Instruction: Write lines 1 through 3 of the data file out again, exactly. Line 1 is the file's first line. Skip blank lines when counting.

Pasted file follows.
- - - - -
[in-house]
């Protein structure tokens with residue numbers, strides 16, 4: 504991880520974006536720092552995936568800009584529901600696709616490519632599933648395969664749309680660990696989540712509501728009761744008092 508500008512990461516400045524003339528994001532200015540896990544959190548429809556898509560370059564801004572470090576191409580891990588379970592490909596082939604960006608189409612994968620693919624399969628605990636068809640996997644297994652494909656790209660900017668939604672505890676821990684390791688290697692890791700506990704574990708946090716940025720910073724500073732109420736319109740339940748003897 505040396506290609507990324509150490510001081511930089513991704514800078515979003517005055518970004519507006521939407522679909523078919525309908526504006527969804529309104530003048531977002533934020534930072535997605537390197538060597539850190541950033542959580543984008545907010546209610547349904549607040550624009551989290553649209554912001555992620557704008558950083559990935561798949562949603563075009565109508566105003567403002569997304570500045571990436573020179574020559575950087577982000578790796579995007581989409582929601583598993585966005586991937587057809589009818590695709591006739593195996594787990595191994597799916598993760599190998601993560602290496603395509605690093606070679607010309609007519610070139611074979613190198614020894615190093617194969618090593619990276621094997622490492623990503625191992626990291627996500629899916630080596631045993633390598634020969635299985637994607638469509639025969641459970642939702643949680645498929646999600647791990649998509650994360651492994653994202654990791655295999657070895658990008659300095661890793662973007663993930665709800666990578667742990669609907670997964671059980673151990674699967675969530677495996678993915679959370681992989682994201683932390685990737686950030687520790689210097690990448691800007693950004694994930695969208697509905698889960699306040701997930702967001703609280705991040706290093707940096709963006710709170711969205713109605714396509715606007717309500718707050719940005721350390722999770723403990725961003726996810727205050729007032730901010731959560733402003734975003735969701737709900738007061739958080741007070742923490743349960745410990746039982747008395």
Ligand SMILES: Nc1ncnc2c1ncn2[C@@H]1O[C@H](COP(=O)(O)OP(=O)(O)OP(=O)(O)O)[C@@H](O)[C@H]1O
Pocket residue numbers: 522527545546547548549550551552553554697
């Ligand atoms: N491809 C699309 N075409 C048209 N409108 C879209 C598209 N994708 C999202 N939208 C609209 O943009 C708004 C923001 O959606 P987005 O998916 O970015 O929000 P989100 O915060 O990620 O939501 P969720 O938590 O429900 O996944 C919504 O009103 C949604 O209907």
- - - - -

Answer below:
[in-house]
């Protein structure tokens with residue numbers, strides 16, 4: 504991880520974006536720092552995936568800009584529901600696709616490519632599933648395969664749309680660990696989540712509501728009761744008092 508500008512990461516400045524003339528994001532200015540896990544959190548429809556898509560370059564801004572470090576191409580891990588379970592490909596082939604960006608189409612994968620693919624399969628605990636068809640996997644297994652494909656790209660900017668939604672505890676821990684390791688290697692890791700506990704574990708946090716940025720910073724500073732109420736319109740339940748003897 505040396506290609507990324509150490510001081511930089513991704514800078515979003517005055518970004519507006521939407522679909523078919525309908526504006527969804529309104530003048531977002533934020534930072535997605537390197538060597539850190541950033542959580543984008545907010546209610547349904549607040550624009551989290553649209554912001555992620557704008558950083559990935561798949562949603563075009565109508566105003567403002569997304570500045571990436573020179574020559575950087577982000578790796579995007581989409582929601583598993585966005586991937587057809589009818590695709591006739593195996594787990595191994597799916598993760599190998601993560602290496603395509605690093606070679607010309609007519610070139611074979613190198614020894615190093617194969618090593619990276621094997622490492623990503625191992626990291627996500629899916630080596631045993633390598634020969635299985637994607638469509639025969641459970642939702643949680645498929646999600647791990649998509650994360651492994653994202654990791655295999657070895658990008659300095661890793662973007663993930665709800666990578667742990669609907670997964671059980673151990674699967675969530677495996678993915679959370681992989682994201683932390685990737686950030687520790689210097690990448691800007693950004694994930695969208697509905698889960699306040701997930702967001703609280705991040706290093707940096709963006710709170711969205713109605714396509715606007717309500718707050719940005721350390722999770723403990725961003726996810727205050729007032730901010731959560733402003734975003735969701737709900738007061739958080741007070742923490743349960745410990746039982747008395």
Ligand SMILES: Nc1ncnc2c1ncn2[C@@H]1O[C@H](COP(=O)(O)OP(=O)(O)OP(=O)(O)O)[C@@H](O)[C@H]1O